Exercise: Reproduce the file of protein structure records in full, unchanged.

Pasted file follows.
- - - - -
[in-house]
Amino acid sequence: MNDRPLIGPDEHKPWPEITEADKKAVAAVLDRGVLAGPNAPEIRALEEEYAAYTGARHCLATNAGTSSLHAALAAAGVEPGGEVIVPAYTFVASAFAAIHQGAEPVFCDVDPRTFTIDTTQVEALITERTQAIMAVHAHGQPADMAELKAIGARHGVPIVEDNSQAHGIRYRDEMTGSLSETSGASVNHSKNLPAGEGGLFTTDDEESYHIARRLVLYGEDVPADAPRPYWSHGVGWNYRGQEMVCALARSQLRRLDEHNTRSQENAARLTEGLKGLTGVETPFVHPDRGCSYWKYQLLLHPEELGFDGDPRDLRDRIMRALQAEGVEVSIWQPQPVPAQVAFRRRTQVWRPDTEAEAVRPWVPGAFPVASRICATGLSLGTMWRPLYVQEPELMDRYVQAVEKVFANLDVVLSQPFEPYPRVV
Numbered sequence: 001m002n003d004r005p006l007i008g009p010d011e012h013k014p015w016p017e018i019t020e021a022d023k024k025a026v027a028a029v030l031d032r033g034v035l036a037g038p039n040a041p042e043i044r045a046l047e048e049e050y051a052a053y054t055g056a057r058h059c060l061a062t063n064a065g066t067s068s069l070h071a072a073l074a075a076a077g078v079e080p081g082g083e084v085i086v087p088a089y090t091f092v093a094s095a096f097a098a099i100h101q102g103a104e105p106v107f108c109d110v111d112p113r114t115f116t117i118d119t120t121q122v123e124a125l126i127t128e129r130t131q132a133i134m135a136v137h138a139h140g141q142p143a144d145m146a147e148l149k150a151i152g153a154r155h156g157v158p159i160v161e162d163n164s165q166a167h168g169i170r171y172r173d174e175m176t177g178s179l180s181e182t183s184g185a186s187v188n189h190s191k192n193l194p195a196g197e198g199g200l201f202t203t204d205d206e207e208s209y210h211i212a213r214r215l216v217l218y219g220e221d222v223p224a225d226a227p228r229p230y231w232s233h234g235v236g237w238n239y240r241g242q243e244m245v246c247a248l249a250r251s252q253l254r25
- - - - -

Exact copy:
[in-house]
Amino acid sequence: MNDRPLIGPDEHKPWPEITEADKKAVAAVLDRGVLAGPNAPEIRALEEEYAAYTGARHCLATNAGTSSLHAALAAAGVEPGGEVIVPAYTFVASAFAAIHQGAEPVFCDVDPRTFTIDTTQVEALITERTQAIMAVHAHGQPADMAELKAIGARHGVPIVEDNSQAHGIRYRDEMTGSLSETSGASVNHSKNLPAGEGGLFTTDDEESYHIARRLVLYGEDVPADAPRPYWSHGVGWNYRGQEMVCALARSQLRRLDEHNTRSQENAARLTEGLKGLTGVETPFVHPDRGCSYWKYQLLLHPEELGFDGDPRDLRDRIMRALQAEGVEVSIWQPQPVPAQVAFRRRTQVWRPDTEAEAVRPWVPGAFPVASRICATGLSLGTMWRPLYVQEPELMDRYVQAVEKVFANLDVVLSQPFEPYPRVV
Numbered sequence: 001m002n003d004r005p006l007i008g009p010d011e012h013k014p015w016p017e018i019t020e021a022d023k024k025a026v027a028a029v030l031d032r033g034v035l036a037g038p039n040a041p042e043i044r045a046l047e048e049e050y051a052a053y054t055g056a057r058h059c060l061a062t063n064a065g066t067s068s069l070h071a072a073l074a075a076a077g078v079e080p081g082g083e084v085i086v087p088a089y090t091f092v093a094s095a096f097a098a099i100h101q102g103a104e105p106v107f108c109d110v111d112p113r114t115f116t117i118d119t120t121q122v123e124a125l126i127t128e129r130t131q132a133i134m135a136v137h138a139h140g141q142p143a144d145m146a147e148l149k150a151i152g153a154r155h156g157v158p159i160v161e162d163n164s165q166a167h168g169i170r171y172r173d174e175m176t177g178s179l180s181e182t183s184g185a186s187v188n189h190s191k192n193l194p195a196g197e198g199g200l201f202t203t204d205d206e207e208s209y210h211i212a213r214r215l216v217l218y219g220e221d222v223p224a225d226a227p228r229p230y231w232s233h234g235v236g237w238n239y240r241g242q243e244m245v246c247a248l249a250r251s252q253l254r25